Rounded Characters: 6/10. To be honest, I can't say I found many of Clarke's characters particularly charismatic or interesting. Even the most dynamic characters, such as Jonathan Strange or his wife Arabella, seemed to float sort of haphazardly through the book and their own lives. In that sense, maybe there's room to make comparisons to something like F. Scott Fitzgerald's The Great Gatsby or even Tender Is the Night, which at first read in high school I found rather tedious (clearly, I was too young for them). But I'm not sure there is the same sort of character depth in Clarke's effort. It's not that the characters are merely flat (though a few are); it's that they are often boring, and it's mostly Clarke's clever narrative voice that held my interest, not the characters themselves. Maybe I'm not suited for Clarke's antique style of parlor sniping and gossiping. But I am familiar with, say, Hawthorne's The Blithedale Romance and The Marble Faun (which I think may be at least as good for comparison as anything by Austen) and those at least made me seriously ponder what lay in the depths of each character, something I rarely found myself wondering with Clarke. Clarke also makes the fun choice to include some well-known characters like the Duke of Wellington and Lord Byron, but I wished there was much more of this sort of cameo stuff, and more revealing moments with the cameo-makers. Still, a 6 isn't bad; it's just that rich character development was not the highlight of this still very pleasurable reading experience.

Well-Developed World: 9/10. It is certainly a rich, well-developed world, both in terms of explaining the way magic fits into a sort of alternate reality, and also regarding the care that Clarke gives to describing the various settings, whether natural, urban, or magical. And it's not just an accumulation of mediocre detail, such as I find in something like Robert Jordan's The Eye of the World; rather, Clarke manages a sense of history and tradition and epic depth and mystery that puts her world squarely in competition with Tolkien's Fellowship of the Ring or T. H. White's The Once and Future King. There are moments that elegantly hark back to faerie traditions in Spenser's The Faerie Queen, or in the Lais of Marie de France, or simply in old, quirky fairytales. There's no doubt that the novel is still bloated by footnotes and asides . . . but you can skip half of them and still get a wonderfully crafted magical story that feels like it smoothly connects an innovative take on English magic to some of the great literature to come out of the British Isles.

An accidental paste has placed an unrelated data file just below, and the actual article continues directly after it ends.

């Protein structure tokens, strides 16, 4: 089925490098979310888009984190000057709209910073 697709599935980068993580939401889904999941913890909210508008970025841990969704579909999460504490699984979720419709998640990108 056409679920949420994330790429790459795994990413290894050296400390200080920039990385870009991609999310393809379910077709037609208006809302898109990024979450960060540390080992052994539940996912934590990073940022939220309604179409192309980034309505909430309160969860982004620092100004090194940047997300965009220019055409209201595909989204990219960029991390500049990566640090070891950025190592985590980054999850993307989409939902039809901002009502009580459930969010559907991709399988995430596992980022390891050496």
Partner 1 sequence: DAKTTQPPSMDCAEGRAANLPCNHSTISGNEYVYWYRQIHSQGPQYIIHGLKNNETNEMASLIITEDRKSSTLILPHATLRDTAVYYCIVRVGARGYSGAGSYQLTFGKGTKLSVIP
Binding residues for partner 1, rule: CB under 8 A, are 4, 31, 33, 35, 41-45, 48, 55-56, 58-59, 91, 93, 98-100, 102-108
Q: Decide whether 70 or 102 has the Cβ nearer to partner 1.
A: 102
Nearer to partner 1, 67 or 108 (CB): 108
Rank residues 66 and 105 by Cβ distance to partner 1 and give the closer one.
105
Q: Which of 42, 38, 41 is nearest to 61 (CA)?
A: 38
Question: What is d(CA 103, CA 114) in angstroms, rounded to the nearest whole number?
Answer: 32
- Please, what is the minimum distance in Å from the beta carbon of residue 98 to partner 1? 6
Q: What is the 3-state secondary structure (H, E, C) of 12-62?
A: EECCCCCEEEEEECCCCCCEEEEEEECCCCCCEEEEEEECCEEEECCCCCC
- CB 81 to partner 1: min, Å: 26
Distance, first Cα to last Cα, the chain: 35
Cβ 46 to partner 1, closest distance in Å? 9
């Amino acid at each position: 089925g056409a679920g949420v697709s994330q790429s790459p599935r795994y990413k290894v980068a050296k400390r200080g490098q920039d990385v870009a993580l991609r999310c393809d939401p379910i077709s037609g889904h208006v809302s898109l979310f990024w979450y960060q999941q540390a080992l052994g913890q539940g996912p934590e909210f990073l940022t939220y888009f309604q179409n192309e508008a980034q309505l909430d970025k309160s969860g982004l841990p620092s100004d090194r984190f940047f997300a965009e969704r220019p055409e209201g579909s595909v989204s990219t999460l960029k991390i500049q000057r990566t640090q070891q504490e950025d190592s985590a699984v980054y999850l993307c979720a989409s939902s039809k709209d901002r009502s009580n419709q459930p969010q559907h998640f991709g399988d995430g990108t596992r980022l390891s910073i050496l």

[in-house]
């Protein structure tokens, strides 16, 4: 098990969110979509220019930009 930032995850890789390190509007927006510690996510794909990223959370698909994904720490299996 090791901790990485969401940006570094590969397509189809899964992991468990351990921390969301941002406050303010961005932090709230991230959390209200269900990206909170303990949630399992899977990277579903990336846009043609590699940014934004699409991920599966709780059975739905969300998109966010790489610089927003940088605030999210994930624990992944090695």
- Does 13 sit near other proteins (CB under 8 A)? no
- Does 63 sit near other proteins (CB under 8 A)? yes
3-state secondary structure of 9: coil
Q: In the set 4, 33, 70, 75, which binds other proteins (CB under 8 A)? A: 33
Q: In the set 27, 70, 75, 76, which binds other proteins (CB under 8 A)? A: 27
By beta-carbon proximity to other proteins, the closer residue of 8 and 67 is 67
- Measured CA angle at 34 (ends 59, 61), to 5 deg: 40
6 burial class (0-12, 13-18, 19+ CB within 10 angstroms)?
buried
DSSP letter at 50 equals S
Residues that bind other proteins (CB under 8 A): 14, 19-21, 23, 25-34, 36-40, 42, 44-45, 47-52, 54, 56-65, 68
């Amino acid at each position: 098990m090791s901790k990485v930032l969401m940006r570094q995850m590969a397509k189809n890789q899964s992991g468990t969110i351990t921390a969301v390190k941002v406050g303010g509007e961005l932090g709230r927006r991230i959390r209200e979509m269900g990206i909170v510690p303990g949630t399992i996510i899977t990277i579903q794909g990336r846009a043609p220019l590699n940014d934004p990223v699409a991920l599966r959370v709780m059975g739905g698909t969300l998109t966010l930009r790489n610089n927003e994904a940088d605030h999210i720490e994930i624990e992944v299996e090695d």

Page Turner: 6/10. Well-written though it may be, Jonathan Strange is not a quick read. It's a hefty book, and it doesn't need to be nearly as bloated as it is. Several hundred pages could easily have been edited from the book, in favor of a snappier pace. In doing so, we might lose some fine descriptions and quietly pleasurable scenes, but there are so many available I frankly don't think I would much miss the loss. As it is, I had a hard time feeling like I would ever get to the end, what with a two-year-old daughter running around our place. It's the kind of book that I might choose to sit down with in front of a fire during a wintry week of nothing else to do . . . but when you actually have other things to do, it's hard to get comfortable with the almost glacial pace of the novel. More than 600 pages in, you'll finally reach some exciting moments, but they're short-lived. Really, Moby-Dick was easier to get through, and that's saying something. I do think a case could be made for the value of Clarke's leisurely pace . . . that it approaches the actual tedious research process that some of the characters perform while compiling all of their magical material, and so it includes the reader in a world of books and eclectic stories in an ingenious, if sometimes exhausting way. But especially those first hundred pages -- they were just too damn long for me, without any apparent goal in sight, and without any sympathetic character for me to root for. And the characters themselves rarely seemed to be at any risk of anything, and so I rarely felt compelled to turn the page to ascertain their well-being.